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Thatcherism unveiled in Hampstead Garden Suburb speech

PUBLISHED: 09:32 12 April 2013 | UPDATED: 09:32 12 April 2013

Margaret Thatcher meets foreign students at Hendon Town Hall in 1967. Picture: Nigel Sutton.

Margaret Thatcher meets foreign students at Hendon Town Hall in 1967. Picture: Nigel Sutton.

© Nigel Sutton

“We believe there is nothing the State can do for the individual that is equal to what the individual can do for himself if he is able-bodied and willing.”

The Ham&High's front page on February 27, 1959, following Margaret Thatcher's speech at Hampstead Garden Suburb Institute.The Ham&High's front page on February 27, 1959, following Margaret Thatcher's speech at Hampstead Garden Suburb Institute.

These were the words spoken by Margaret Thatcher at her first public meeting in Hampstead Garden Suburb after being selected as the Conservative candidate for the Finchley constituency in the 1959 general election.

They give a clear insight into the political philosophy of a woman who would go onto become the nation’s longest serving 20th century prime minister and a doctrine that has been immortalised as “Thatcherism”.

The Ham&High reported the speech from the Hampstead Garden Suburb Institute, in Central Square, on the front of an edition published on February 27, 1959.

Some seven months later, a 33-year-old Baroness Thatcher would be elected as Finchley MP and by 1979 she had risen to the highest office in government as prime minister.

On Monday, the 87-year-old passed away at The Ritz hotel, in Piccadilly.

Since her death, tributes to Britain’s first and only female prime minister have flooded in and appeared across newspaper front pages the world over.

Mike Freer, incumbent Conservative MP for Finchley and Golders Green, said Baroness Thatcher was the reason he got “involved in politics”.

“At university, I got involved in student politics and I heard her speak and became completely bowled over by her,” said Mr Freer.

“When she came into a room, you knew she was there before you were told she had arrived. I was totally in awe of her.”

Hampstead Garden Suburb councillor John Marshall became friends with Baroness Thatcher in 1979 after his election as a Conservative MEP for London North.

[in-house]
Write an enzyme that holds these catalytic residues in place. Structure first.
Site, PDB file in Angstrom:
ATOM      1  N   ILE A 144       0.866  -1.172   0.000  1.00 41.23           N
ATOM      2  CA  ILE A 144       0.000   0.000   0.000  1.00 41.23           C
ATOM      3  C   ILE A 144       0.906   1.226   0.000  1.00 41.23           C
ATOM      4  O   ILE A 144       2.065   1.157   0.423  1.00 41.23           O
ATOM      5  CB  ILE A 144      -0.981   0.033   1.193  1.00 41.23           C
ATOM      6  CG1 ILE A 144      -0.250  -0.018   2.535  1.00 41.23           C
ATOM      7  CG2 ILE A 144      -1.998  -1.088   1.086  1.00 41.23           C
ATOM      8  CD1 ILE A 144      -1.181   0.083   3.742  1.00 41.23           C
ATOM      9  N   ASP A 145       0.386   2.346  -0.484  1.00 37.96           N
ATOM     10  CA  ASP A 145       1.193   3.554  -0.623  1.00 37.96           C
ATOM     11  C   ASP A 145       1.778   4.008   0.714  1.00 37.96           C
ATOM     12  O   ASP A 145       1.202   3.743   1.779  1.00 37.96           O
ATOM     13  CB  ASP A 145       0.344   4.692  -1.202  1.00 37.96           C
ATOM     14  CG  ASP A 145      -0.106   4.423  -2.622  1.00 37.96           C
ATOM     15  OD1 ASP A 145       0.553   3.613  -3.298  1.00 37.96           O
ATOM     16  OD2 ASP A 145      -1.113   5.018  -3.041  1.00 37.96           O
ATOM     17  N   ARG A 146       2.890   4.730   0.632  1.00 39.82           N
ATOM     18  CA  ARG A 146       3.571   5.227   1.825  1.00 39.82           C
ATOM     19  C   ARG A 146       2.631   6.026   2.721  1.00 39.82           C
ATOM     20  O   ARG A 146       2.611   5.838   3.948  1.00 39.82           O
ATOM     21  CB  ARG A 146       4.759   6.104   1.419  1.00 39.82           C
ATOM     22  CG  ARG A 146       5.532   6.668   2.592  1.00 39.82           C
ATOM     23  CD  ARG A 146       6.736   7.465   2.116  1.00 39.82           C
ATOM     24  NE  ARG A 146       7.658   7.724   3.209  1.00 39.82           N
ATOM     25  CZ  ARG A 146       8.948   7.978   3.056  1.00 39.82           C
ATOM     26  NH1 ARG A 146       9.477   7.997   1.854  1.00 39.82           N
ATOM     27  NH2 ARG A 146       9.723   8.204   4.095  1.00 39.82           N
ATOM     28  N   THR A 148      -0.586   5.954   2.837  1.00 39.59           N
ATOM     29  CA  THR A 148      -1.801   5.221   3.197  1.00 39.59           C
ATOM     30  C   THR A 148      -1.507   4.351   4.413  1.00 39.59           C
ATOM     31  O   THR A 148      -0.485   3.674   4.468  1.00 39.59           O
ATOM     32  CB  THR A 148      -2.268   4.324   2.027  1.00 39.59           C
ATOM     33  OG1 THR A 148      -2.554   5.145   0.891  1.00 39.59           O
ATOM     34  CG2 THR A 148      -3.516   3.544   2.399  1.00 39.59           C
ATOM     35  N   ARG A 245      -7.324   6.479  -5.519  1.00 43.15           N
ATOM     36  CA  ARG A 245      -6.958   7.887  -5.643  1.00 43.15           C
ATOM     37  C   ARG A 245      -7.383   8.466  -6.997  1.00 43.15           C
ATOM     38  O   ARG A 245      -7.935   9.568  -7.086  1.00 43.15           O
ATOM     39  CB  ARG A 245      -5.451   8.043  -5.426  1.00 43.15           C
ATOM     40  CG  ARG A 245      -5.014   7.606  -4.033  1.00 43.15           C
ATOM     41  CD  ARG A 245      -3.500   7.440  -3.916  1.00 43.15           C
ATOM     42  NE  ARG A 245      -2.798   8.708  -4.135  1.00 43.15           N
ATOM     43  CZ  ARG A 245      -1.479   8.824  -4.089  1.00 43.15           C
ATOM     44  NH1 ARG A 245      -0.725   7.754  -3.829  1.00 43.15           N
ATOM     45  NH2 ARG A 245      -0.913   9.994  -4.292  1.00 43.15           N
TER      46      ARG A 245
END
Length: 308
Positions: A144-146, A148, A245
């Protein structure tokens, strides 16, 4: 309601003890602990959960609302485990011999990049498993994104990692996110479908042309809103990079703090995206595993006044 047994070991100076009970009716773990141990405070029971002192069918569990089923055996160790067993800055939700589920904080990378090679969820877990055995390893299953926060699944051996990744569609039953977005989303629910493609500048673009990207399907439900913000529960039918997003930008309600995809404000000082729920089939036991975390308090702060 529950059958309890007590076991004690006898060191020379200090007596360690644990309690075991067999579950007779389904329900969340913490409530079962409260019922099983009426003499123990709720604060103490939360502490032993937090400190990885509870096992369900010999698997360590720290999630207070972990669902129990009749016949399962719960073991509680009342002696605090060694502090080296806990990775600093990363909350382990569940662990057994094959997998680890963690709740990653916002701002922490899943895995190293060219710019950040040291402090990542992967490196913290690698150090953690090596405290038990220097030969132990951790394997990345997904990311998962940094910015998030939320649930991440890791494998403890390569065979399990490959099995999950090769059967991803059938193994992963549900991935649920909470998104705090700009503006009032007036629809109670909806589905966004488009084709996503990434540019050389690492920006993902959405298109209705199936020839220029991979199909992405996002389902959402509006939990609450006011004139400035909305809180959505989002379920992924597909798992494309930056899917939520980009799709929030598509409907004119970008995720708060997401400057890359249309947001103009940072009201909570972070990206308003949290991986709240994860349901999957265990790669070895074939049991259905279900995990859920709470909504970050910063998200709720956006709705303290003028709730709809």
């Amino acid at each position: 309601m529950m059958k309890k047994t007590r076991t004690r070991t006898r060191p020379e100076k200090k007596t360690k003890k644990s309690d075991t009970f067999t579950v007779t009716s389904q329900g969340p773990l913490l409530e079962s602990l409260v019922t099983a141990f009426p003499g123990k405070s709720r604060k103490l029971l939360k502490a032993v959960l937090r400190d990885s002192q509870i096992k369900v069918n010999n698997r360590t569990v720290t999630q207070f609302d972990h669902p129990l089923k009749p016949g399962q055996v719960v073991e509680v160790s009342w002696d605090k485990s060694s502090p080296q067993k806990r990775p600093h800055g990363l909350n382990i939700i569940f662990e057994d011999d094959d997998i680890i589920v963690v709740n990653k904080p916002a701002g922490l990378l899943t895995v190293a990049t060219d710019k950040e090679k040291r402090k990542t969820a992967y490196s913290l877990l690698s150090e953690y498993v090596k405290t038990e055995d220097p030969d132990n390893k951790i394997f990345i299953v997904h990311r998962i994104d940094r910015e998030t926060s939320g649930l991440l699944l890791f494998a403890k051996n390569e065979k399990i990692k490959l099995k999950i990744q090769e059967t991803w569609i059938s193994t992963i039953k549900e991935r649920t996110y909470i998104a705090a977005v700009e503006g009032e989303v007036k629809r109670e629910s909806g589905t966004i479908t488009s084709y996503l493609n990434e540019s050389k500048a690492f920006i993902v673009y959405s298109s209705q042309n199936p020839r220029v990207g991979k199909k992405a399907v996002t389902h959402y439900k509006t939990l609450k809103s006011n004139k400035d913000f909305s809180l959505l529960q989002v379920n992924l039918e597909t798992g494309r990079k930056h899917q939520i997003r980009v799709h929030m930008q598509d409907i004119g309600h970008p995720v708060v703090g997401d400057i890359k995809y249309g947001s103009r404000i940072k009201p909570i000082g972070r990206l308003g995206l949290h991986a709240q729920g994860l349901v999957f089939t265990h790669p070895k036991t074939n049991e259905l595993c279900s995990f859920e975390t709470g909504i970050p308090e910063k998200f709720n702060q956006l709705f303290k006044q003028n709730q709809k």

He said: “She was a loyal friend to her supporters. She was also a very, very considerate person.”

As MP for the Finchley constituency, which was abolished in 1997, Baroness Thatcher represented a portion of Hampstead Garden Suburb up until 1974 when boundary changes meant the entire Suburb became part of the Hendon South constituency.

Cllr Marshall, who served as Hendon South MP between 1987 and 1997, said: “She always teased me and said Hendon South had taken the best bit of her constituency!”

Baroness Thatcher’s policies in government gained her supporters and opponents in equal measure.

Her approach to expanding the free market by privatising public services and reducing the power of trade unions caused outrage among those on the left of the political spectrum.

Hampstead’s Labour MP Glenda Jackson gave an insight into the divisiveness in feeling towards the Iron Lady and her years in government.

Speaking to the Ham&High before her now notorious speech at Wednesday’s Commons tribute debate on Baroness Thatcher, Ms Jackson said: “She destroyed the moral compass of this country. Everything I was told to regard as a vice she told me was a virtue – individualism, greed, there was no such thing as a society.

“I personally don’t think it is proper or respectful to rejoice over anybody’s death. But we are sweeping up the remains of what I regard as a very destructive process. She led us in the wrong direction.

“She didn’t make me proud to be British.”


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